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Journal of Nanomaterials
Volume 2016 (2016), Article ID 8393648, 10 pages
Research Article

Preparation of TiO2/Activated Carbon Composites for Photocatalytic Degradation of RhB under UV Light Irradiation

1School of Materials Science and Engineering, Henan Polytechnic University, Jiaozuo 454003, China
2Department of Chemical Engineering, University of Newcastle, Callaghan, NSW 2308, Australia

Received 30 October 2015; Revised 23 December 2015; Accepted 26 January 2016

Academic Editor: Cunming Liu

Copyright © 2016 Baolin Xing et al. This is an open access article distributed under the Creative Commons Attribution License, which permits unrestricted use, distribution, and reproduction in any medium, provided the original work is properly cited.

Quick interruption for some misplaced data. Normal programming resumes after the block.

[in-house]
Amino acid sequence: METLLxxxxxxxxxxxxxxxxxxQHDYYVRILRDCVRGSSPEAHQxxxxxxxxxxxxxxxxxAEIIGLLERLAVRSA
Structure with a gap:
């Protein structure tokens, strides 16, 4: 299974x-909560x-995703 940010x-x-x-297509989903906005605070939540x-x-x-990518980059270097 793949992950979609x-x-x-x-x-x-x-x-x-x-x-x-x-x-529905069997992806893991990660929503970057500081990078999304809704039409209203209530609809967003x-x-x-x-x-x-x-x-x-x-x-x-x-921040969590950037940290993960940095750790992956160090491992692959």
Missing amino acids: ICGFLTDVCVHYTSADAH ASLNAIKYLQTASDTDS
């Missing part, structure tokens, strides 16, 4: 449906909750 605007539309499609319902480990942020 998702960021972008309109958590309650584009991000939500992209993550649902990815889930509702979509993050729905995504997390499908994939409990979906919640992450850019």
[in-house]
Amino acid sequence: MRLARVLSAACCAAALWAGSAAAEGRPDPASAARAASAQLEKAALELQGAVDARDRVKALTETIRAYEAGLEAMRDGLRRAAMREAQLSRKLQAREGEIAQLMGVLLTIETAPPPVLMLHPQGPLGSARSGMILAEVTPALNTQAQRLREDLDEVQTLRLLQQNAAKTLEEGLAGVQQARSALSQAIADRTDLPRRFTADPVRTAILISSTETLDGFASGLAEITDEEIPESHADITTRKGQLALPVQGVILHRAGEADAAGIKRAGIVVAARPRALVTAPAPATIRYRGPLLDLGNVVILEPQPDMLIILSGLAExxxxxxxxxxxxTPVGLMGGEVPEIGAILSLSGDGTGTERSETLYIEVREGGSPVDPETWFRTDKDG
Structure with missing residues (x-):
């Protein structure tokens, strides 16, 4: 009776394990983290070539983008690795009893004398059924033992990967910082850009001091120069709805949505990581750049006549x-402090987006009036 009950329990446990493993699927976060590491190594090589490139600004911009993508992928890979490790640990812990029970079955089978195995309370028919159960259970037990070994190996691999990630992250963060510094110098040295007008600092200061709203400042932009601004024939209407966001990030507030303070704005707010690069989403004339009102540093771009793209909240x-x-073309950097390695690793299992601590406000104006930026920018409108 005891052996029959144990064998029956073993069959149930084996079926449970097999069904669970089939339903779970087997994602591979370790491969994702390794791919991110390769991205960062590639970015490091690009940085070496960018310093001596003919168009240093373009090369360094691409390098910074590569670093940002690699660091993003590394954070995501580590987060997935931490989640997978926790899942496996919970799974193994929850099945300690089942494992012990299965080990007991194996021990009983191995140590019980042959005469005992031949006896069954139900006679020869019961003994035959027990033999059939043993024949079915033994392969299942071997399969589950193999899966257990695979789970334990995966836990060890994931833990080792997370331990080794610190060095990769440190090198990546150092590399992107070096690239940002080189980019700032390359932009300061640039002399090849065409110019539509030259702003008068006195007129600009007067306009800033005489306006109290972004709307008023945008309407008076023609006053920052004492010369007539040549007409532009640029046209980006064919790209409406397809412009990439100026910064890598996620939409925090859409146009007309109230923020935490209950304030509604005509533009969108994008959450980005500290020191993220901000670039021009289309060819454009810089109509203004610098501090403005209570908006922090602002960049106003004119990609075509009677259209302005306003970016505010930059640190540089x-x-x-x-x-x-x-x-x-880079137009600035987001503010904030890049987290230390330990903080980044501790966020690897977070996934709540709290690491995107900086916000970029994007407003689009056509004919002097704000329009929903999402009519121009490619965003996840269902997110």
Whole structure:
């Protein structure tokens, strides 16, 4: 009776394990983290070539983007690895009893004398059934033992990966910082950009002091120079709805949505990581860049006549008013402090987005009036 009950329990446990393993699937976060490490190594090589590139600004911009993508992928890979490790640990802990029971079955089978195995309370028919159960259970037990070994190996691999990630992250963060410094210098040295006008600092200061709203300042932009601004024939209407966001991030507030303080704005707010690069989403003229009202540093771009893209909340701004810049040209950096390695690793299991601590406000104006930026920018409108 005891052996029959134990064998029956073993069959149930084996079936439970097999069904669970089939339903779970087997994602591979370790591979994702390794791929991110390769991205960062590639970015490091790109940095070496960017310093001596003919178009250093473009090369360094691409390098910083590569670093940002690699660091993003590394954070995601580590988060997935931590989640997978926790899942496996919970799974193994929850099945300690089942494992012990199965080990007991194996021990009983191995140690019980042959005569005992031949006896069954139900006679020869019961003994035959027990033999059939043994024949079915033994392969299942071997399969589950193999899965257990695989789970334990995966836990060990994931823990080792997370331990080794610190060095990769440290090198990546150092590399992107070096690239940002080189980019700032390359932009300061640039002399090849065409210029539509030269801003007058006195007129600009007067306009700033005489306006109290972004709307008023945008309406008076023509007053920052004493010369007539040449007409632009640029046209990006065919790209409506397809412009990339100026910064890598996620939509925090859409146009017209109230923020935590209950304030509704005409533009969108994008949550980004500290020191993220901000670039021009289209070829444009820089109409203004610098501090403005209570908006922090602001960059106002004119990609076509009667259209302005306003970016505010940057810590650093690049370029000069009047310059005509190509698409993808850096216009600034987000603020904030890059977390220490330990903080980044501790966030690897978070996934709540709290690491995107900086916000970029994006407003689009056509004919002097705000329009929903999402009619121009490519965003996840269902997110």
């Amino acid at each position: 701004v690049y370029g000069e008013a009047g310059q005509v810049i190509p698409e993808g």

Photocatalysts comprising nanosized TiO2 particles on activated carbon (AC) were prepared by a sol-gel method. The TiO2/AC composites were characterized by X-ray diffraction (XRD), thermogravimetric (TG) analysis, nitrogen adsorption, scanning electron microscope (SEM), transmission electron microscope (TEM), and energy dispersive X-ray (EDX). Their photocatalytic activities were studied through the degradation of Rhodamine B (RhB) in photocatalytic reactor at room temperature under ultraviolet (UV) light irradiation and the effect of loading cycles of TiO2 on the structural properties and photocatalytic activity of TiO2/AC composites was also investigated. The results indicate that the anatase TiO2 particles with a crystal size of 10–20 nm can be deposited homogeneously on the AC surface under calcination at 500°C. The loading cycle plays an important role in controlling the loading amount of TiO2 and morphological structure and photocatalytic activity of TiO2/AC composites. The porosity parameters of these composite photocatalysts such as specific surface area and total pore volume decrease whereas the loading amount of TiO2 increases. The TiO2/AC composite synthesized at 2 loading cycles exhibits a high photocatalytic activity in terms of the loading amount of TiO2 and as high as 93.2% removal rate for RhB from the 400 mL solution at initial concentration of 2 × 10−5 mol/L under UV light irradiation.